2. ‘Tunbridge Wells was also the only council area in Kent to vote remain, and the only seat in Kent where the Tory vote went down last month (even in Canterbury, it increased slightly).’

    If I were a Tory my fear would be that those Leave voters, many of whom voted Tory for the first time in 2017, are far less likely to stick with them than those ex-Tories who voted for somebody else because they disagreed with Brexit, are to go back

    If Jeremy Corbyn can get them on-side, other less anti-business Labour leaders should have few difficulties

  3. Slightly late to this one but having seen Clark up close so to speak, he’s very capable and knows his brief.

    I wonder if he has the charisma to lead a party and suspect he might be one of those – generally much more useful – characters who would prefer to be an able Cabinet Minister where he can make a palpable difference to those issues that especially concern him and where he feels he can do the most good.

  4. ‘Anyone else find the Tory performance here a bit underwhelming? Actually lost around 2% since 2015.’

    Underwhelming certainly, but not surprising if you know Tunbridge Wells at all. It’s much more metropolitan in character nowadays. Pretty strongly Remain. I imagine Labour performed even better in the town itself.

  5. You are getting the words metropolitan and cosmopolitan mixed up. TW certainly isn’t metropolitan. I’m not sure cosmopolitan adequately explains what’s happened to the town either. From my observation of living in a neighbouring district it seems to have gone in a similar direction to towns like Lewes and Totnes. ie it has become arty, exclusive and snooty, containing more and more people who are wealthy, creative and allegedly liberal/progressive though in a somewhat disdainful way. As in the other towns I mentioned, it’ the kind of place where the locals tut tut if a McDonalds opens.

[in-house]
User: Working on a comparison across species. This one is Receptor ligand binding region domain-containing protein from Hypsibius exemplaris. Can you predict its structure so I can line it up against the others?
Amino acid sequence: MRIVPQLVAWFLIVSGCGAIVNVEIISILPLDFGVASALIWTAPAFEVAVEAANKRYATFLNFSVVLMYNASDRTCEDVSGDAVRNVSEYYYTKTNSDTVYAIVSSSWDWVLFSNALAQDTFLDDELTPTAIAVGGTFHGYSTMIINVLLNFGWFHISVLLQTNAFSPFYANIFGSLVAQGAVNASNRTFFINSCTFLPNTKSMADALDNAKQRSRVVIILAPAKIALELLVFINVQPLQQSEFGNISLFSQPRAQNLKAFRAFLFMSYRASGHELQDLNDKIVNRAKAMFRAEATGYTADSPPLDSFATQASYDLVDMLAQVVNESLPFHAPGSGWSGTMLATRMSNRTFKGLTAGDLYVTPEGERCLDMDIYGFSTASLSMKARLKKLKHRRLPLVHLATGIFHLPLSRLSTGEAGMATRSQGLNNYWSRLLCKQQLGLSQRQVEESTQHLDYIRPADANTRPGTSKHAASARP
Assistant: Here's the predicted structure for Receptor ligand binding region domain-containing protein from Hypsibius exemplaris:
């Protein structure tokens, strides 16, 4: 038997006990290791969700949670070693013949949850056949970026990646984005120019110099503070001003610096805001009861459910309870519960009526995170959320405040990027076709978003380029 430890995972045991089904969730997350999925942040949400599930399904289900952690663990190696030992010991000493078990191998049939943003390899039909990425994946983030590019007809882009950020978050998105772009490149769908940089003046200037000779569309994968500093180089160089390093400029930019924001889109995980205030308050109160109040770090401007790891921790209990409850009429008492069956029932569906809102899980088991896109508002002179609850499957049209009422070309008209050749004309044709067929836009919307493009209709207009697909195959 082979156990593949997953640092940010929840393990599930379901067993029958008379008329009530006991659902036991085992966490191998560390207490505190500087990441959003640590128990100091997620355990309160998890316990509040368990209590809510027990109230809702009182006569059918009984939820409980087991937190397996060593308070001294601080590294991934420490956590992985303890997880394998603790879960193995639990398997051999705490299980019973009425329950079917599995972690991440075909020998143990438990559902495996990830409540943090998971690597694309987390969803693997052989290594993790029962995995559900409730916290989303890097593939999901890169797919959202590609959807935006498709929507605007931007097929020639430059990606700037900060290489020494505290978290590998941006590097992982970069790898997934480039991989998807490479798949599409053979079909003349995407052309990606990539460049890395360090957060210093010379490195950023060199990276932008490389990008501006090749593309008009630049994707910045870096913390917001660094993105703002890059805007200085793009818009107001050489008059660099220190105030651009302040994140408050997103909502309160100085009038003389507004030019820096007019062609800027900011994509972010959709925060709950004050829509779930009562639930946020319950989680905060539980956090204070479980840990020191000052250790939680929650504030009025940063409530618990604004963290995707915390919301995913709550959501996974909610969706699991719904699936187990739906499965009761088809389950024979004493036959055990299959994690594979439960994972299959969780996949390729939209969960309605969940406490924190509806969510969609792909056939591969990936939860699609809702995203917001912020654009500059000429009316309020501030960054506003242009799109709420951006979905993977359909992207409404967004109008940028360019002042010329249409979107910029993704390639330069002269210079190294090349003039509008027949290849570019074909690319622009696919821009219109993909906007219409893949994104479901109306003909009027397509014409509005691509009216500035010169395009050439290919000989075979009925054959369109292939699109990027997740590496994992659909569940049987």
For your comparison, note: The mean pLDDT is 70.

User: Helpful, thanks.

TW constituency contains a sizeable hinterland outside the town, both suburban and rural. Some suburbs of the town, especially to the north like High Brooms, remain quite rough and WWC in character. This and the rural areas gave UKIP a respectable 13% of the vote in 2015 despite the trends in the town and the district voting Remain. In short I don’t think Labour are about to become competitive here though the Tory majority will be reduced a bit over time.

  6. Not really. By metropolitan I meant socially liberal, pro-EU, lots of young professionals, which is definitely the case with Tunbridge Wells today. It’s not much like the rest of Kent except Canterbury. Nearby Sevenoaks is very affluent but obviously more provincial in character.

  7. Dictionary definition of ‘metropolitan’: of, noting, or characteristic of a metropolis or its inhabitants, **especially in culture, sophistication, or in accepting and combining a wide variety of people, ideas, etc**

    The bit in asterisks is the pertinent part. Metropolitan is mostly a state of mind.

  8. Sounds like a nice place to move to.

  9. Indeed!